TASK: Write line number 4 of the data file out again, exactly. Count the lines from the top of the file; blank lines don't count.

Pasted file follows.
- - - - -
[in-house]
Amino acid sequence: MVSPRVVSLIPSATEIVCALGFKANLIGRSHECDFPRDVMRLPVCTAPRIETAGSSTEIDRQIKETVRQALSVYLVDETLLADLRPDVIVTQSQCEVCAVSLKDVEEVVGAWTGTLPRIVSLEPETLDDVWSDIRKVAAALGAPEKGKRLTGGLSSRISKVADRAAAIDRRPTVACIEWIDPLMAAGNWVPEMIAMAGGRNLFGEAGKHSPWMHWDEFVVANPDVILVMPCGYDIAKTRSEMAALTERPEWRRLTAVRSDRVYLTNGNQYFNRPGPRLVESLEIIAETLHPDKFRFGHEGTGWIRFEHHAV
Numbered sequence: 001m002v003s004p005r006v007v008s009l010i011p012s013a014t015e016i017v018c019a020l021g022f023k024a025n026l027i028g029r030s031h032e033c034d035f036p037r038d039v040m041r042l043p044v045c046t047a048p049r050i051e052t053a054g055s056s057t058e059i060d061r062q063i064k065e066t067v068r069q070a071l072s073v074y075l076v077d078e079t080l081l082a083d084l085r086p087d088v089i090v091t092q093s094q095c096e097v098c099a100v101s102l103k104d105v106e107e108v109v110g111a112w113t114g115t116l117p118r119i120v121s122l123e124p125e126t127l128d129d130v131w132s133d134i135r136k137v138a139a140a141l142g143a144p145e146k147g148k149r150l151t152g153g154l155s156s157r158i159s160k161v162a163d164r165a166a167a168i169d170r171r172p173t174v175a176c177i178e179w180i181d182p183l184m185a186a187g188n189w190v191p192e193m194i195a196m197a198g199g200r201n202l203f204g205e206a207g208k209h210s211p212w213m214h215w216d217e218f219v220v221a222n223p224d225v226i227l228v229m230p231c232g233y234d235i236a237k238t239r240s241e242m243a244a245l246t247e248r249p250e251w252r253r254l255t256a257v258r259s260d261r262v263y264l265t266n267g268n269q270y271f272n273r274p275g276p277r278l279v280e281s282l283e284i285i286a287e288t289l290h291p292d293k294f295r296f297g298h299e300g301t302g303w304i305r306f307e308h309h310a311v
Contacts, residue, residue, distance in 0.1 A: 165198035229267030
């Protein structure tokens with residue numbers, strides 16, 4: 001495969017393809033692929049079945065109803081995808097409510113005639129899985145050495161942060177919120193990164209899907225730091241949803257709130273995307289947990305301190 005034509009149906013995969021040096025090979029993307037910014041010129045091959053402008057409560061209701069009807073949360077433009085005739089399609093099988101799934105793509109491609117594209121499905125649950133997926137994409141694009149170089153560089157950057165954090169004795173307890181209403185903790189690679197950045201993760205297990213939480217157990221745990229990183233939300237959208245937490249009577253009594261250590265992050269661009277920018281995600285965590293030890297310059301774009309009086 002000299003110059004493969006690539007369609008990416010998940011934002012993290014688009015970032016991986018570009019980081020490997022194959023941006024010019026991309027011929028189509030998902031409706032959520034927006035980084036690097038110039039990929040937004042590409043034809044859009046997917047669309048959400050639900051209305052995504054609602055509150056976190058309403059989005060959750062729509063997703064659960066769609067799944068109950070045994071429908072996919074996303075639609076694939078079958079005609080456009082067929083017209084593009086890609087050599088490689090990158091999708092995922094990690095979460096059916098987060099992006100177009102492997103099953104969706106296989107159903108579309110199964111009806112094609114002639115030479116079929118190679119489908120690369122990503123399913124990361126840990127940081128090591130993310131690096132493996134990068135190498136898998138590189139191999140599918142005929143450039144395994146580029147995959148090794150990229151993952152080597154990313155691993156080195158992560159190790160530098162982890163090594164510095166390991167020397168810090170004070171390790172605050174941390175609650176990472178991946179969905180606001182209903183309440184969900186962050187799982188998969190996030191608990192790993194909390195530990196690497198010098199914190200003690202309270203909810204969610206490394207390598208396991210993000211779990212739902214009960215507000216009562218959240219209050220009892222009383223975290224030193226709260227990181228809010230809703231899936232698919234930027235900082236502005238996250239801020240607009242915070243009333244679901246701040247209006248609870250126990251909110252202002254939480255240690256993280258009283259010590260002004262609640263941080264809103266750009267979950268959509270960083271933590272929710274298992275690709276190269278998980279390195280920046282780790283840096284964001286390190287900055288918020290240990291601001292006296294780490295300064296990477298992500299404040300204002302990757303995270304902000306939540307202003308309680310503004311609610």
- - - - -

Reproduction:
Contacts, residue, residue, distance in 0.1 A: 165198035229267030